calculating a likelihood of observing the feature vector o
_{t }by employing the weighted cepstral distance in a probability function b_{j}(o_{t}); andperforming speech recognition of the speech signal employing the probability function b
_{j}(o_{t}) that is both time and frequency weighted.7. The method of
8. The method of
_{t,f }is a pronunciation probability estimation.9. The method of
_{t,f }is a transmission over a noisy communication channel reliability estimation.10. A method of determining a likelihood of observing a feature vector o
_{t }in a speech model, comprising:
receiving a speech signal;
estimating a Signal-to-Noise Ratio (SNR) for each unit t of a feature vector o
_{t }of said speech signal to obtain time and frequency SNR information;determining a transformation matrix T
_{t }based on said time and frequency SNR information;weighting a combination of said feature vector o
_{t }and a speech model parameter μ by said transformation matrix T_{t }to obtain a weighted cepstral distance T_{t }(o_{t}-μ); andemploying said weighted cepstral distance T
_{t}(o_{t}-μ) that is both time and frequency weighted in a probability function b_{j}(o_{t}) to determine a likelihood of observing said feature vector o_{t}.11. The method of
_{t}.12. The method of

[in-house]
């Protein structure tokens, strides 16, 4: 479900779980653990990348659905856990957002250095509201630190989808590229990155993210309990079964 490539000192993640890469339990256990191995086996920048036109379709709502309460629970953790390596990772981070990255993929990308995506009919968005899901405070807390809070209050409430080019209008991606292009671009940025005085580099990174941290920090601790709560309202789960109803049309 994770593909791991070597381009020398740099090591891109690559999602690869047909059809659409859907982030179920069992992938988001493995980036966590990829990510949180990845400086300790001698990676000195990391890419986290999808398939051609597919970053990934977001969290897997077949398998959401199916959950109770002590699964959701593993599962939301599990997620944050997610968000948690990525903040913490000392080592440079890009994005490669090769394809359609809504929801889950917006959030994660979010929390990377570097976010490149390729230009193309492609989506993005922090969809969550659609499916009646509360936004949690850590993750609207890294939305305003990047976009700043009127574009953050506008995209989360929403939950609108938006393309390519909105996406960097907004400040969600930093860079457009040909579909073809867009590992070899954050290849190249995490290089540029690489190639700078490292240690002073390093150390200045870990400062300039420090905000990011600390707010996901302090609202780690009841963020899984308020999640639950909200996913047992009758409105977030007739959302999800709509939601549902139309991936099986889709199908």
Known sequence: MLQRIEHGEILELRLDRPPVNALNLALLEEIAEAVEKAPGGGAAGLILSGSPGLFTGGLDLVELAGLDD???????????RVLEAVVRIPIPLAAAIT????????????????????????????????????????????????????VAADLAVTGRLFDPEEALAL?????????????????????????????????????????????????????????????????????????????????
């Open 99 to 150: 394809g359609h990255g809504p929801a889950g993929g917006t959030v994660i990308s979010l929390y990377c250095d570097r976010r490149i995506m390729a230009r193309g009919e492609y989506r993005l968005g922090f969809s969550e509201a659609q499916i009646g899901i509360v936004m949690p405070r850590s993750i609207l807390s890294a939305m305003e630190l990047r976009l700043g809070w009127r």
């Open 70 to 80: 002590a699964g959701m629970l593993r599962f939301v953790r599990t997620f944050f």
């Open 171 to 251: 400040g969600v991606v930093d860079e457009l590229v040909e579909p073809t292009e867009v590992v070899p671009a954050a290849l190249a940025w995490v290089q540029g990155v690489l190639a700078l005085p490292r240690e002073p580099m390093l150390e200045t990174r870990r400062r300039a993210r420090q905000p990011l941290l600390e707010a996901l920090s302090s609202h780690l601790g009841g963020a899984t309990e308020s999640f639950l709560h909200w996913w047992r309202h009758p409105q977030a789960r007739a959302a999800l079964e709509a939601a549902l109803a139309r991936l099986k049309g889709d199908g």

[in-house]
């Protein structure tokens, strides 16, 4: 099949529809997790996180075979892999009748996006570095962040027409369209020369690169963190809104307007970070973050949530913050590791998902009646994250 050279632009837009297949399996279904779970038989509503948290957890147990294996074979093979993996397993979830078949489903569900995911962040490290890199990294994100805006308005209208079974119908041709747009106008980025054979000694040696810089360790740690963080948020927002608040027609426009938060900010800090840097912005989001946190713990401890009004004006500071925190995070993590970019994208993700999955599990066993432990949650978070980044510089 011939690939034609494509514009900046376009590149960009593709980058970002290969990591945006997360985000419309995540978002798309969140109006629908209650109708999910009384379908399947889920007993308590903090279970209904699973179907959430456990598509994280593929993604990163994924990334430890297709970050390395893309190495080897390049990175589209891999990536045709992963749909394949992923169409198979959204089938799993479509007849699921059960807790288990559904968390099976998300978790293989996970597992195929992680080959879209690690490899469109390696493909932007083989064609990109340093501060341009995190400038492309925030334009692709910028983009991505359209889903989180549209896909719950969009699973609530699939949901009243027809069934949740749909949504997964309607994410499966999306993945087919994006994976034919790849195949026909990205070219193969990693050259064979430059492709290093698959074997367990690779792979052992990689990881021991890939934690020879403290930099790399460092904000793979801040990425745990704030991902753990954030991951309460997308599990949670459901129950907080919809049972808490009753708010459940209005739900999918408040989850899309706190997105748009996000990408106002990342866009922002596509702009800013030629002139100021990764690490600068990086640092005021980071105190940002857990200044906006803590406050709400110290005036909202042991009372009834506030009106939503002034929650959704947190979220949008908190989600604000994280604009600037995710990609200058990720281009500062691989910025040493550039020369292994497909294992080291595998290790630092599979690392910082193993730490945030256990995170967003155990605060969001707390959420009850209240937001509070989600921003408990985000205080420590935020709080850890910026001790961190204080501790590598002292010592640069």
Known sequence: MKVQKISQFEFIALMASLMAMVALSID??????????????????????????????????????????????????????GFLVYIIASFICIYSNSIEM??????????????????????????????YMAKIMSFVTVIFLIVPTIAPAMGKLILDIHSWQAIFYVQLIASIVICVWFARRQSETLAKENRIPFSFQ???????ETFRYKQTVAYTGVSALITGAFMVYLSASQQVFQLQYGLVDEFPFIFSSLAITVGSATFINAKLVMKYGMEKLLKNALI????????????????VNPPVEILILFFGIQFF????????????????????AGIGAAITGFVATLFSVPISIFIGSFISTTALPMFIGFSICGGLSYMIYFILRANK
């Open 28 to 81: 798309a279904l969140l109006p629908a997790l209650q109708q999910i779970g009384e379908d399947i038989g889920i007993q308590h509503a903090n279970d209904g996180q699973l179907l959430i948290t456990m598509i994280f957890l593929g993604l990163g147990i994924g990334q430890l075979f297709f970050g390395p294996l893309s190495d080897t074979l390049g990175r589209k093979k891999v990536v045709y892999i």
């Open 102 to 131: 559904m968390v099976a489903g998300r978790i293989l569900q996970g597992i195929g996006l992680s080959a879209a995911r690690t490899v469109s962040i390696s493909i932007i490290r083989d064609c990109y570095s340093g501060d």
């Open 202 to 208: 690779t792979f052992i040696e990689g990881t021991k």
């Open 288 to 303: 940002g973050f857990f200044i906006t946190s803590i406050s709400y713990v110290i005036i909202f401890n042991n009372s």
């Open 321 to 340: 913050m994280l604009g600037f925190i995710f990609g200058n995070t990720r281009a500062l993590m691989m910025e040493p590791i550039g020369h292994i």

_{t}. Description This invention relates to speech recognition and more particularly to Signal-to-Noise Ratio (SNR) dependent decoding and weighted Viterbi recognition. A technique of time-varying SNR dependent coding for increased communication channel robustness is described by A. Bernard, one of the inventors herein, and A. Alwan in “Joint channel decoding—Viterbi Recognition for Wireless Applications”, in Proceedings of Eurospeech, Sebt. 2001, vol. 4, pp. 2703-6; A. Bernard, X. Liu, R. Wesel and A. Alwan in “Speech Transmission Using Rate-Compatable Trellis codes and Embedded Source Coding,” IEEE Transactions on Communications, vol. 50, no. 2, pp 309-320, Feb. 2002.; A. Bernand and A. Alwan, “Source and Channel Coding for low bit rate distributed speech recognition systems”, IEEE Transactions on Speech and Audio Processing, Vol. 10, No. 8 , pp570-580, Nov. 2202; and A. Bernard in “Source and Channel Coding for Speech and Remote Speech Recognition,” Ph.D. thesis, University of California, Los Angeles, 2002. For channel and acoustic robustness is described by X. Cui, A. Bernard, and A. Alwan in “A Noise-robust ASR back-end technique based on Weighted Viterbi Recognition,” in Proceedings of Eurospeech, September 2003, pp. 2169-72. Speech recognizers compare the incoming speech to speech models such as Hidden Markov Models HMMs to identify or recognize speech. Typical speech recognizers combine the likelihoods of the recognition features of each speech frame with equal importance to provide the overall likelihood of observing the sequence of feature vectors. Typically robustness in speech recognition is dealt with either at the front end (by cleaning up the features) or at the back end (by adapting the acoustic model to the particular acoustic noise and channel environment). Such classic recognizers fail to differentiate between the particular importance of each individual frame, which can significantly reduce recognition performance when the importance of each frame can be quantitatively estimated into a weighted recognition mechanism. In accordance with one embodiment of the present invention a procedure for performing speech recognition which can integrate, besides the usual speech recognition feature vector, information regarding the importance of each feature vector (or even frequency band within the feature vector). Applicant's solution leaves both the acoustic features and models intact and only modifies the weighting formula in the combination of the individual frame likelihoods. In accordance with an embodiment of the present invention a method for performing time and frequency SNR dependent weighting in speech recognition includes for each period t estimating the SNR to get time and frequency SNR information η Review of Time Weighted Viterbi Recognition In general, there are two related approaches to solve the temporal alignment problem with HMM speech recognition. The first is the application of dynamic programming or Viterbi decoding, and the second id the more general forward/backward algorithm. The Viterbi algorithm (essentially the same algorithm as the forward probability calculation except that the summation is replaced by a maximum operation) is typically used for segmentation and recognition and the forward/backward for training. See for the Viterbi algorithm G. D. Forney, “The Viterbi algorithm,” IEEE Transactions on Communications, vol. 61, no. 3, pp. 268-278, April 1973. The Viterbi algorithm finds the state sequence Q that maximizes the probability P* observing the features sequence (O=o